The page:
insulators, put in a good radial grounding system, and use the whole TV
mast as an antenna.
This scheme requires that you either build a diplexer to isolate the TV
coax outer shield from ground at the lower frequencies or disconnect the
TV when you want to listen to SW. The former will be moderately
difficult but not insurmountable -- I think you could do this with a 1:1
RF transformer and some dinking. The latter will be easy but
inconvenient -- but you can always start with the connection method and
build the transformer later.
The ARRL sells a book on low-profile and hidden antennas. You can go to
http://www.arrl.org for more information, or see if there's an amateur
radio supply store near you. They also sell books on reducing EMI,
which may help with the computer.
Stealth antennae are very site and situation specific. Think camou:
use your ingenuity to devise a conductor of some extent that looks
like something the rules don't forbid or is invisible because it looks
like something familiar. Flagpoles, cutesie picket fences,
clotheslines, a rabbit hutch made of chickenwire, decorative
low-voltage lighting as is often used on RV's, etc etc.
Electrically short antennae have very very low radiation resistance,
so a tuned matching network can make a big difference. I disagree
with the poster that said they are only suitable for transmitting,
though I will agree that once you reach atmospheric noise threshold
then further gain t without directionality is of little benefit.
The matchbox would need to be tuned along with the rcvr. Tune for max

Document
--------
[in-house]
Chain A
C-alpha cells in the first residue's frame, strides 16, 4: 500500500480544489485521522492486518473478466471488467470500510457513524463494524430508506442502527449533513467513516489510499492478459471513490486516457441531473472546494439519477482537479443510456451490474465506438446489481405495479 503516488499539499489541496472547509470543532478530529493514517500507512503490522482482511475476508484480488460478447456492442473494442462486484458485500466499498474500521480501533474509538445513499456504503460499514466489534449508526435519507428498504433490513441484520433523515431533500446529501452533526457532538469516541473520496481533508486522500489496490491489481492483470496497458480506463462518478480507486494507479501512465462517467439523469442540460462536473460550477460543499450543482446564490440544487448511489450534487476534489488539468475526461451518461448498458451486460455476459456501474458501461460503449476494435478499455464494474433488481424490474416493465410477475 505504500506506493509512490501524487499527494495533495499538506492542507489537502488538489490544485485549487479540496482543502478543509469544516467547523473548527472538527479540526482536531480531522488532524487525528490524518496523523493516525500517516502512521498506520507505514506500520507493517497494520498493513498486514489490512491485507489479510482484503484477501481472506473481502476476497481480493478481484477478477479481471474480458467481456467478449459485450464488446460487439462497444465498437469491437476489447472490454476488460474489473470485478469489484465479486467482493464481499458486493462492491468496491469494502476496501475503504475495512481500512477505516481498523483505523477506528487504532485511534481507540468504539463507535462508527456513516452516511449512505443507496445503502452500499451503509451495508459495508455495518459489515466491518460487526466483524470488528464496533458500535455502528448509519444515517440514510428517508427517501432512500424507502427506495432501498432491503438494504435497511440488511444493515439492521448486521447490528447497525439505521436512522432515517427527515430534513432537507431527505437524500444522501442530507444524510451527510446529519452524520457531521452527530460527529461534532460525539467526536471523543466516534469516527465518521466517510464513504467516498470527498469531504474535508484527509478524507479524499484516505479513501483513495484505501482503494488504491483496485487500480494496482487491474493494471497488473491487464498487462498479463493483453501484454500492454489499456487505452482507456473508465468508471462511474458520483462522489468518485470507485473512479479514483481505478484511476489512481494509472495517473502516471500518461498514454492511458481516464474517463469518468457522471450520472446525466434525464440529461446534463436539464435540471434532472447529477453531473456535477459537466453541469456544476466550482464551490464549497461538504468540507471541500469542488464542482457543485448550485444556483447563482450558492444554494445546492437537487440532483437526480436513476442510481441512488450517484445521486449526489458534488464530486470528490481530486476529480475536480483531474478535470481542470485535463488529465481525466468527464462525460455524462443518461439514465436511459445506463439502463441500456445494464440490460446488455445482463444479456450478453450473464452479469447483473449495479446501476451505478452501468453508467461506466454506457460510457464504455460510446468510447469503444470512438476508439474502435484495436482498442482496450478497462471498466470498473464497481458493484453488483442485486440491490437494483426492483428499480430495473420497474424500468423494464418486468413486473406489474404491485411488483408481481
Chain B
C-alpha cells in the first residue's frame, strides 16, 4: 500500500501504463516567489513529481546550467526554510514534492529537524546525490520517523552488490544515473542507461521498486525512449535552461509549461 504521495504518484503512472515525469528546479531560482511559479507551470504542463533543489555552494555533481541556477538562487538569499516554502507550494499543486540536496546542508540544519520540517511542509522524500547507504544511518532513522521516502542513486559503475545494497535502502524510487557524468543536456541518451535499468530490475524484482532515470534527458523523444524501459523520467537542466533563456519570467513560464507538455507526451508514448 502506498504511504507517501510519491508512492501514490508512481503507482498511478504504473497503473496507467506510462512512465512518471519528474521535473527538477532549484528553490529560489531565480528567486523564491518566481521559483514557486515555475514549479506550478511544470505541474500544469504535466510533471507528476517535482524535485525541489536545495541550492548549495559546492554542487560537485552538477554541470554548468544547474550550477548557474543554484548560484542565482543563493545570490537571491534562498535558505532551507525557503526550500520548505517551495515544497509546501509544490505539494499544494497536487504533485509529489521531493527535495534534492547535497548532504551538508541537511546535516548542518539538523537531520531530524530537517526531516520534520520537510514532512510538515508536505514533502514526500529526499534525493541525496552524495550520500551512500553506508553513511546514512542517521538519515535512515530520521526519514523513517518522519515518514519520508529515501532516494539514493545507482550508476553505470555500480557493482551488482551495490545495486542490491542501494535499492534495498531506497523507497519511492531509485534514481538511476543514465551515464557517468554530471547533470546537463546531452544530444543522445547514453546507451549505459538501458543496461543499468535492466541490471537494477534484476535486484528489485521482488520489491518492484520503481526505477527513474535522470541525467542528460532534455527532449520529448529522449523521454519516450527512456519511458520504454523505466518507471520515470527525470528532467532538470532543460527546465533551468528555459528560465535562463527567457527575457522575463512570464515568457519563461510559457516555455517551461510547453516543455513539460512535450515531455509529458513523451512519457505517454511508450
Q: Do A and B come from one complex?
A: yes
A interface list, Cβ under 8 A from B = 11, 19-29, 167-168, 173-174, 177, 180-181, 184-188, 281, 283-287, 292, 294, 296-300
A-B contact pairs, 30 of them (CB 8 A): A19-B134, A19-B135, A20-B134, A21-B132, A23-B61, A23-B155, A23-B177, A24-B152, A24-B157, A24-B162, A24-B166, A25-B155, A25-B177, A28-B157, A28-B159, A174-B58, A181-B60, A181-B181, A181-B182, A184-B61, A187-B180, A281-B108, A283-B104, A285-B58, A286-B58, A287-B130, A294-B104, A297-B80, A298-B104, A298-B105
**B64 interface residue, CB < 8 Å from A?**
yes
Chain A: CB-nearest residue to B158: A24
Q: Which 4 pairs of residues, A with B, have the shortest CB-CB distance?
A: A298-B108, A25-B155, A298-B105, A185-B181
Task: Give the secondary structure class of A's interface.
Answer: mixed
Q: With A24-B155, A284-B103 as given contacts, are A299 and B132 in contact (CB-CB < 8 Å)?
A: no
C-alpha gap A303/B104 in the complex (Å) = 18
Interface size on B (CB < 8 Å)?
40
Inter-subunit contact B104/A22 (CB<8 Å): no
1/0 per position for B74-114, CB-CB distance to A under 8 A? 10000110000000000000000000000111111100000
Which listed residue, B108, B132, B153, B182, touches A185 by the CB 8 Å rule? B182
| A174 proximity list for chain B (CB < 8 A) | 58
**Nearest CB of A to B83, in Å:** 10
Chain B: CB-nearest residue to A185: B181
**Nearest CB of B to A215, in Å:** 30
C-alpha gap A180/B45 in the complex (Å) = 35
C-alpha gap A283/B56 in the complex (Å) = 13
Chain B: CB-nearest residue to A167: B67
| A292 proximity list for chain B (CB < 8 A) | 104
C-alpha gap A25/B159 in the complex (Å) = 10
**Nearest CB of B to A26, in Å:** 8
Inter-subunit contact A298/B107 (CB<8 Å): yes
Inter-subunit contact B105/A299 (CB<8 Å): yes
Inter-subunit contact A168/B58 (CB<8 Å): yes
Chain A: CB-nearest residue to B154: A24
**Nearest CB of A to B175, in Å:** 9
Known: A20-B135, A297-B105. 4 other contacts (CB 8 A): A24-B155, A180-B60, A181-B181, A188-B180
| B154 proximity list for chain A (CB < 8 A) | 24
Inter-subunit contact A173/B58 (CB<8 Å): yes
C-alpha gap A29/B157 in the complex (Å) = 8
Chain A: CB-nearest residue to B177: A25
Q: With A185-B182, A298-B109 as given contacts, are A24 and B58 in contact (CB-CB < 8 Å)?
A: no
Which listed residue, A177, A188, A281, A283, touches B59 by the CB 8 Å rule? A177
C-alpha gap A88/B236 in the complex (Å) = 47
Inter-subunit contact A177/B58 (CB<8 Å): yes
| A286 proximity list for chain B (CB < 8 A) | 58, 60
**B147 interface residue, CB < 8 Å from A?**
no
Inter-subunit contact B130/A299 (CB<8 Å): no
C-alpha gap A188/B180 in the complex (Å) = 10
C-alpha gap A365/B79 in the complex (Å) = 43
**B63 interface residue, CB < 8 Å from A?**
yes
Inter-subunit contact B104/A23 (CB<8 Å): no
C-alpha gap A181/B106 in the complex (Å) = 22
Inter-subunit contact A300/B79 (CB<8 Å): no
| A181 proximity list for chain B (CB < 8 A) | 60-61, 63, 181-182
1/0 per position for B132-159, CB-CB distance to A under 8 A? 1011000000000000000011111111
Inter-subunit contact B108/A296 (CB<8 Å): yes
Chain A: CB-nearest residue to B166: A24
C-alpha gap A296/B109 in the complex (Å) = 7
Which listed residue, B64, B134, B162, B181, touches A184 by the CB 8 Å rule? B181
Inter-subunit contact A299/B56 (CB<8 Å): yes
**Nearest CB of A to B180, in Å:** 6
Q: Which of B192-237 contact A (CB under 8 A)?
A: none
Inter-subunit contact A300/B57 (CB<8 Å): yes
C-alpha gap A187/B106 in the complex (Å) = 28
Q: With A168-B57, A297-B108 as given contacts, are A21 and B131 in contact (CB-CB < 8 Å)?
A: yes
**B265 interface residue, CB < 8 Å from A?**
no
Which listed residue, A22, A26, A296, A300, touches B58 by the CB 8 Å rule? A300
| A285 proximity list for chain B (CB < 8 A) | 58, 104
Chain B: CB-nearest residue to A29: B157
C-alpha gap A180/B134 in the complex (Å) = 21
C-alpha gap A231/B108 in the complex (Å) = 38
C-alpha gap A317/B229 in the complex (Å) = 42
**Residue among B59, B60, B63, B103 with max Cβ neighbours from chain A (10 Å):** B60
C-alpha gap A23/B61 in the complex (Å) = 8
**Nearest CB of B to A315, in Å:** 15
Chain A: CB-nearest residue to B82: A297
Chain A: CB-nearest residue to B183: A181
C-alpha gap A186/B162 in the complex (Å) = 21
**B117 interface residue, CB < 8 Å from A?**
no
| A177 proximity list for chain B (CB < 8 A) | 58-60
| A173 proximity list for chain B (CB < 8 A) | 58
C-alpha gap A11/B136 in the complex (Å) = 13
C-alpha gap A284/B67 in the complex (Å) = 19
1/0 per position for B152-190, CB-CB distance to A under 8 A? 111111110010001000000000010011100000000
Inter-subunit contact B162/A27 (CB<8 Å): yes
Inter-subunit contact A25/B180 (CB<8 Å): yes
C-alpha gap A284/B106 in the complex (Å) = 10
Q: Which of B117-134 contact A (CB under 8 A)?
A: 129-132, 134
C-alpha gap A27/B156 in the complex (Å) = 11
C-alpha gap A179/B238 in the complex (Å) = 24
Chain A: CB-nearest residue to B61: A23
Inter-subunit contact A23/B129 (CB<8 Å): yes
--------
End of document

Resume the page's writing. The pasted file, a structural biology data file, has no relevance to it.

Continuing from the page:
noise from the radio at the freq of interest. A simple JFET preamp
may help, or not, depending on the sensitivity of the radio. If the
radio has a 3-gang tuning cap then it already has a tuned RF stage.
If it doesn't, then a preamp will help.
If the mast is wood, you could wind a helix around it. If it has guy
wires, you could insulate at the top and bottom and make a sloping V
with multiple feeds to change direction.
Sure.... assume an infinite trailer roof. :)
Gunner may want to look at a grounded horizontal loop running around the
perimeter of the trailer roof, far enough from the edge that the antenna
isn't visible from the ground. Bring the end down the side of the
trailer a couple of inches and put the tuning capacitor inside.
Look at the HF antenna on the Chinook as an example.
Third picture down:
Among the disadvantages are non-portability and the need to rip it off
when you move the trailer.
You don't want to get too wrapped around the antenna. Down at those
frequencies it takes a real big directional antenna- like a Beverage or
a Rhombic- to make a big difference. (The one at work that was used to
talk around the world is about the size of perhaps six football fields)
Otherwise you are sucking in as much noise as signal.
Make sure you use Monster cable for good reception.
How about a "telephone wire" or "intercom wire" from your RV to
another one? You can decouple the RF with capacitors so that the wire
can also be used as an antenna as well as its official purpose.
"A Springfield woman who began lobbying against gun violence after
her son was shot to death in 2002 was arrested last week when
Polytechforum.com is a website by engineers for engineers. It is not affiliated with any of manufacturers or vendors discussed here.
All logos and trade names are the property of their respective owners.